QUENTIN OLIVER LEE
SCHENECTADY — Villains are bold by definition, and the boldest of these fictional “bad guys” tend to be our favorites.
Few antagonists rank higher than The Phantom in Andrew Lloyd Weber’s “Phantom of the Opera.” Despite being a man who hides behind a mask and lurks within the shadows of The Paris Opera House, nothing is as stunning as when he announces his presence among theatre patrons in the masquerade scene.
Well, almost nothing.
Quentin Oliver Lee plays The Phantom in Cameron Mackintosh’s touring production of the iconic musical that has stopped at Proctors in Schenectady, from now until Sunday, May 5. Standing six feet six inches tall, and possessing a deep operatic voice, Lee is a commanding presence while on stage. He, is perhaps, the most stunning.
Based on the classic novel “Le Fantôme de L’Opéra” by Gaston Leroux, The Phantom Of The Opera tells the story of a masked figure who lurks beneath the catacombs of the Paris Opera House, exercising a reign of terror over all who inhabit it. He falls madly in love with an innocent young soprano, Christine, and devotes himself to creating a new star by nurturing her extraordinary talents and by employing all of the devious methods at his command.
However, it is a classic case of unrequited love. Once that’s realized, everything starts to fall apart. The Phantom is simply cast as a villain. However, after wearing the mask for more than 500 shows, Lee finds that he’s a character that is more misunderstood.
“I don’t think the Phantom thinks of himself as “the bad guy,” said Lee. “His audacity comes from his determination to be heard.”
Lee said that his character has something that needs to be said, and that he wants to share it with his love interest, Christine. However, a terrible accident scarred his face. In fear, he retreated to the city’s catacombs to escape the judgment of onlookers. That aspect of his character resonates with Lee, as his height caused him to struggle with fitting in with kids as he grew up. “It’s not something I talk about often. I was never very popular and often felt like a misfit, which is similar to how the Phantom feels, and that is too easy to relate to.”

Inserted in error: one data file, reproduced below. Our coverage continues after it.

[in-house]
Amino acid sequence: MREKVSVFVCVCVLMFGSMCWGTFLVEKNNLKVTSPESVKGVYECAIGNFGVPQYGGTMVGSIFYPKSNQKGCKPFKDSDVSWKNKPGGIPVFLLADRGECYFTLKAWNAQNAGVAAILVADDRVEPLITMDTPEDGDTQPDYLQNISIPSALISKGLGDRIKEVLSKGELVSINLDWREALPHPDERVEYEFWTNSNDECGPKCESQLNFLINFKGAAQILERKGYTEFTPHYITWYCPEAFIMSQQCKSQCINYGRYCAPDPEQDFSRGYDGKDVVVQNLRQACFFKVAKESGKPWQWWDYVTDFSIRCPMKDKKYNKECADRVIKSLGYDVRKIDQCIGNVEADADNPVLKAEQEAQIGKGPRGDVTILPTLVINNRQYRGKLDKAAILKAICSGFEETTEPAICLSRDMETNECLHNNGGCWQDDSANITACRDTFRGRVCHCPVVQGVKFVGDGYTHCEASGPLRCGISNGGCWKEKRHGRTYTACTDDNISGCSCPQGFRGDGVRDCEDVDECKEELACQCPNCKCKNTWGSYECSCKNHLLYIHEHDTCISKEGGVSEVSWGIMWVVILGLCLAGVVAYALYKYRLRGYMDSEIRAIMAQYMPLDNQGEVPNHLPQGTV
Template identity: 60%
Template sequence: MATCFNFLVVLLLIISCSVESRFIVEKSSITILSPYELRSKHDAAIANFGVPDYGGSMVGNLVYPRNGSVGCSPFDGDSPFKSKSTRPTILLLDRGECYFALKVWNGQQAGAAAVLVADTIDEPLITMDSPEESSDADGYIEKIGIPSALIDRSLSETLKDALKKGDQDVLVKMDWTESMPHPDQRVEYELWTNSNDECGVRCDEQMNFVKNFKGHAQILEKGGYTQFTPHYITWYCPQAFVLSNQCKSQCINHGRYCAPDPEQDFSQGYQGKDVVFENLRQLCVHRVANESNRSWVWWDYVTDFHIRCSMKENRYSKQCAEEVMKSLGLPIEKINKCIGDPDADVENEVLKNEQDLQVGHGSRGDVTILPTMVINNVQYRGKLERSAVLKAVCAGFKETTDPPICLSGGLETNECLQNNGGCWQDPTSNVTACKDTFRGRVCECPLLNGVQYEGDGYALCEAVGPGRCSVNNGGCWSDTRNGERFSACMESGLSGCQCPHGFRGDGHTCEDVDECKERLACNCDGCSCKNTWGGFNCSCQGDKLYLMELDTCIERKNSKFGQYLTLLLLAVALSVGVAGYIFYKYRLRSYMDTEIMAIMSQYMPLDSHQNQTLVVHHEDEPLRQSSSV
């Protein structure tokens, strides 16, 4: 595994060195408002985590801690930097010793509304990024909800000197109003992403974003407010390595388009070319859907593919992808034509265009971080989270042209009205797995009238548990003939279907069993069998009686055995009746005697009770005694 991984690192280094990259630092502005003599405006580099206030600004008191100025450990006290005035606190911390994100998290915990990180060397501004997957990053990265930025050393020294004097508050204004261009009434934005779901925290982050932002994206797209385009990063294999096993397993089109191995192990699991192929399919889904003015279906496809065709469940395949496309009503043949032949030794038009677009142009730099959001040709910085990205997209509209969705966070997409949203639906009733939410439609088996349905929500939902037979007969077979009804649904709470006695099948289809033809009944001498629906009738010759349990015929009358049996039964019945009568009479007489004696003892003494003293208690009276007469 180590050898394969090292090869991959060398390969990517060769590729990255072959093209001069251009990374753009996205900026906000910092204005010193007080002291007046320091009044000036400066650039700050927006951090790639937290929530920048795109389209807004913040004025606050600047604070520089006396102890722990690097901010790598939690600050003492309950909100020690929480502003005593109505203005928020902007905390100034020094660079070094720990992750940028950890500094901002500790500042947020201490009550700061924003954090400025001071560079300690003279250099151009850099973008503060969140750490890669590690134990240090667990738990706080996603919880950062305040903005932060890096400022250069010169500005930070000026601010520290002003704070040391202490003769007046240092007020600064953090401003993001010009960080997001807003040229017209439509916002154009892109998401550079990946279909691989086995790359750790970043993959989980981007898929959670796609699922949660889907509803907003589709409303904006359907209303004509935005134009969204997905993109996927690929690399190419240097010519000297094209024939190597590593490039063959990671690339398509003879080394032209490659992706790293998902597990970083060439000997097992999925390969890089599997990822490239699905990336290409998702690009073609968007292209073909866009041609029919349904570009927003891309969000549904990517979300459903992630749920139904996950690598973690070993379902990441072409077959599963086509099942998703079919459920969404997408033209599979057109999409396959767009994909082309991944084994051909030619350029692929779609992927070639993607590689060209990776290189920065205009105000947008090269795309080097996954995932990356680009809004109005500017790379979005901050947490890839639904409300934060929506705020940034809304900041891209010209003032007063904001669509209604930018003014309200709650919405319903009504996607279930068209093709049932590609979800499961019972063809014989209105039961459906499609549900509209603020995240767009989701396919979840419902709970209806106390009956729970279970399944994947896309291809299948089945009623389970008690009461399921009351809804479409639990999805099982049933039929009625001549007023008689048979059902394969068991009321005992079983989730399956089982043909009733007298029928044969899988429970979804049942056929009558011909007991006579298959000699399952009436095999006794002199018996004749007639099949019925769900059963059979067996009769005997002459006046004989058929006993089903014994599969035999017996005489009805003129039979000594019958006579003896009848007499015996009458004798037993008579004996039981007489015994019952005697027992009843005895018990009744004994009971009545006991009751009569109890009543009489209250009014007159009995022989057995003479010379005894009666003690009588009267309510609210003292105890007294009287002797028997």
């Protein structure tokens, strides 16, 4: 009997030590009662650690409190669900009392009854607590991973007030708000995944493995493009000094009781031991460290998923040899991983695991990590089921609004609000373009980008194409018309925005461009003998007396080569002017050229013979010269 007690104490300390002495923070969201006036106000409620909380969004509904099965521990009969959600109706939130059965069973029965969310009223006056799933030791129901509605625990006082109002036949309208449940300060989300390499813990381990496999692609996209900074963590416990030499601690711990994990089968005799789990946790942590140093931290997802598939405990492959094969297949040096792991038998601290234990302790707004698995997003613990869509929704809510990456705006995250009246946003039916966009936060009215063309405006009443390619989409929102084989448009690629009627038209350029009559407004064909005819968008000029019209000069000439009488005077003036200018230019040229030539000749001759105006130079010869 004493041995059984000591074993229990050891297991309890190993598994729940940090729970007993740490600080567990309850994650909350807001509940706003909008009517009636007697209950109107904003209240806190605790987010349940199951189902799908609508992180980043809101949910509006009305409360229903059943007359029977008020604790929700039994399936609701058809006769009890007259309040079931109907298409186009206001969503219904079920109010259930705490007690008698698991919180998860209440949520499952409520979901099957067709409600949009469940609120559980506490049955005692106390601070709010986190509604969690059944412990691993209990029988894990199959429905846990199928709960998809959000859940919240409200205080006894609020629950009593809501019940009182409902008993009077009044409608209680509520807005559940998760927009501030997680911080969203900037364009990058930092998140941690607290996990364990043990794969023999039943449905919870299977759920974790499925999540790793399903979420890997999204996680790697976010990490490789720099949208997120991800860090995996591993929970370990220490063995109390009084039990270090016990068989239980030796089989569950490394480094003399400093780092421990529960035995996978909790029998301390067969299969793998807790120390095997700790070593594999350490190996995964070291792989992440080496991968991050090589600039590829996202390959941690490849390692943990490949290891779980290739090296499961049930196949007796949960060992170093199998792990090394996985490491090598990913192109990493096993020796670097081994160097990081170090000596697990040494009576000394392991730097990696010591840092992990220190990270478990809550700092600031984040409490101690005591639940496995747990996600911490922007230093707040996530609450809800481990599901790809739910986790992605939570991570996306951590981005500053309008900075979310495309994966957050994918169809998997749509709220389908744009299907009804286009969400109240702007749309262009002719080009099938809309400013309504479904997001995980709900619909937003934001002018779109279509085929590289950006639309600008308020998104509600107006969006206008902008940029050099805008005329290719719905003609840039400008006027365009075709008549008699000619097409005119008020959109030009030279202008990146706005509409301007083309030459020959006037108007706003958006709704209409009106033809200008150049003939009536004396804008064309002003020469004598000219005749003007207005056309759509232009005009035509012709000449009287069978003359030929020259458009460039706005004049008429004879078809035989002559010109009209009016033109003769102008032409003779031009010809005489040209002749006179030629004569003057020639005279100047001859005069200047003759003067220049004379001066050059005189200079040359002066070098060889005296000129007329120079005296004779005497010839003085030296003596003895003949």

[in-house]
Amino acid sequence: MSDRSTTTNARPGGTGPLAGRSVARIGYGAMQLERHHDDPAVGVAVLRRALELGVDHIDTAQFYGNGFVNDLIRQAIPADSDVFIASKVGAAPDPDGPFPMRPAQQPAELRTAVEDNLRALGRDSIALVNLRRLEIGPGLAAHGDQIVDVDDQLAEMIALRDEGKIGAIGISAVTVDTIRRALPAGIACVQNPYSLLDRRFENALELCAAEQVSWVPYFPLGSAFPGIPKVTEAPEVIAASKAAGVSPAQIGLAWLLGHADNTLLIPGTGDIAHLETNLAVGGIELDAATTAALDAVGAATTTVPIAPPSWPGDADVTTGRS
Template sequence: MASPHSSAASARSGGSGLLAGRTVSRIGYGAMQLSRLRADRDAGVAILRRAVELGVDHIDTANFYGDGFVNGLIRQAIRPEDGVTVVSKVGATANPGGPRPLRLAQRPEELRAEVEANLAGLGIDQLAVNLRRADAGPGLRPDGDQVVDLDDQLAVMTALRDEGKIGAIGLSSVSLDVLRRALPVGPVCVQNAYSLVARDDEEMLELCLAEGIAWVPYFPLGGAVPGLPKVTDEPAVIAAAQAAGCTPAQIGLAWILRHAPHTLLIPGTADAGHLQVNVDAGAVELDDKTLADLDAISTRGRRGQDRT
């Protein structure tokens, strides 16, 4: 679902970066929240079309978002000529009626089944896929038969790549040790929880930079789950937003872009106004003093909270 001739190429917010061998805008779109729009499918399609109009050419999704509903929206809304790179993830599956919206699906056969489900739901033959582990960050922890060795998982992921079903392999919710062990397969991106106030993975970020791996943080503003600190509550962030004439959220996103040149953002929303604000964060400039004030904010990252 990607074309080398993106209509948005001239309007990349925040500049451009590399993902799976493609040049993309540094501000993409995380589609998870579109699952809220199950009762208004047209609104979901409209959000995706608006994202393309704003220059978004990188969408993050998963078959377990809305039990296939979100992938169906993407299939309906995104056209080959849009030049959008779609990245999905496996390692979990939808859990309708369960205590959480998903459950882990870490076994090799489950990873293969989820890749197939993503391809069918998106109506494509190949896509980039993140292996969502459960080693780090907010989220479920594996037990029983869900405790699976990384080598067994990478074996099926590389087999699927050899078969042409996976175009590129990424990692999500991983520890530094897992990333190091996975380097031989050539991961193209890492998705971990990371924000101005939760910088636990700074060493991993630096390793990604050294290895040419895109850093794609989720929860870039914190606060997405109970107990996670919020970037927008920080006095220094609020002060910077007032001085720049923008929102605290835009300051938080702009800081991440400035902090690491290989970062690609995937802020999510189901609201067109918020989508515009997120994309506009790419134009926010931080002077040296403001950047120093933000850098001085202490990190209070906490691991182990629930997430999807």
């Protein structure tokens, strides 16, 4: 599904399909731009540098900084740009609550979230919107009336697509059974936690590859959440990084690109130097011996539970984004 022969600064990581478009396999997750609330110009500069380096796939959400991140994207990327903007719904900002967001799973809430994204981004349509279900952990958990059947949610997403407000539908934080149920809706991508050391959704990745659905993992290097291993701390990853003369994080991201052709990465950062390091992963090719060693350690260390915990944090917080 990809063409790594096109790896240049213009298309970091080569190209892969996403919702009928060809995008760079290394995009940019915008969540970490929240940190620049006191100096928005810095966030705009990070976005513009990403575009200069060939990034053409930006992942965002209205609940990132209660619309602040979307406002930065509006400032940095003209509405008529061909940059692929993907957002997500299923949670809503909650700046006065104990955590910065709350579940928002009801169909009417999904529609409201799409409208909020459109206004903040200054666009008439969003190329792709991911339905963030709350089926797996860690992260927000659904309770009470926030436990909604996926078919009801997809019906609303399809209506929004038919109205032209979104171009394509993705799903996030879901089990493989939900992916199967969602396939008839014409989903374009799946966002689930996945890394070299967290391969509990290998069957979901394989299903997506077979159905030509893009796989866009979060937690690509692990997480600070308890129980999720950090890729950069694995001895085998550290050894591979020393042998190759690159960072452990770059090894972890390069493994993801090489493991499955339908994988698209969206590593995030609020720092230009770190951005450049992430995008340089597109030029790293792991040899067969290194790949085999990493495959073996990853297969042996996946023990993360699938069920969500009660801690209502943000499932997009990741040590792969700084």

Among other traits Lee said he feels people can relate with the Phantom is “being misunderstood, fighting for what we want, [and the] desire to be praised and heard.”
Mackintosh’s production of Phantom reinvents the visual presentation of the story, said Stage Manager Mitchell Hodges. New scenic designs with special effects apply a fresh and new cinematic focus on the main characters in each scene. With a cast and orchestra of 52, this is one of the largest productions on tour in North America.
Lee portrays The Phantom with Eva Tavares as Christine Daaé, and Jordan Craig as Raoul. The rest of the cast is defined by Trista Moldovan as Carlotta Giudicelli,’David Benoit as Monsieur Firmin, Rob Lindley as Monsieur André, Susan Moniz as Madame Giry, Phumzile Sojola as Ubaldo Piangi and SarahGrace Mariani as Meg Giry.’
The largest cast member, weighing in at an estimated 2,500 pounds, requires the most attention.
The chandelier that hangs above the crowd is unique to the touring production. Hodges said the ten-year-old piece is stored in a cage as it travels from city to city. Structural engineers visit each venue prior to a show to confirm accommodations. Approximately 40 man hours go towards its installation.
When the tour picks up from Schenectady, the chandelier will go back into its cage for another show. Lee, however, will not continue. A Proctors audience will be the last to see him play the Phantom.
“After so many shows of embracing the mask, I’m sure much of who he is will continue to live in me,” said Lee. “But, there is a certain power and authority that the Phantom has, which you don’t get to experience in regular life. That, as well as the wonderful people I’ve met along the way, will be missed.”
Michael Hallisey is managing editor of Spotlight Newspapers.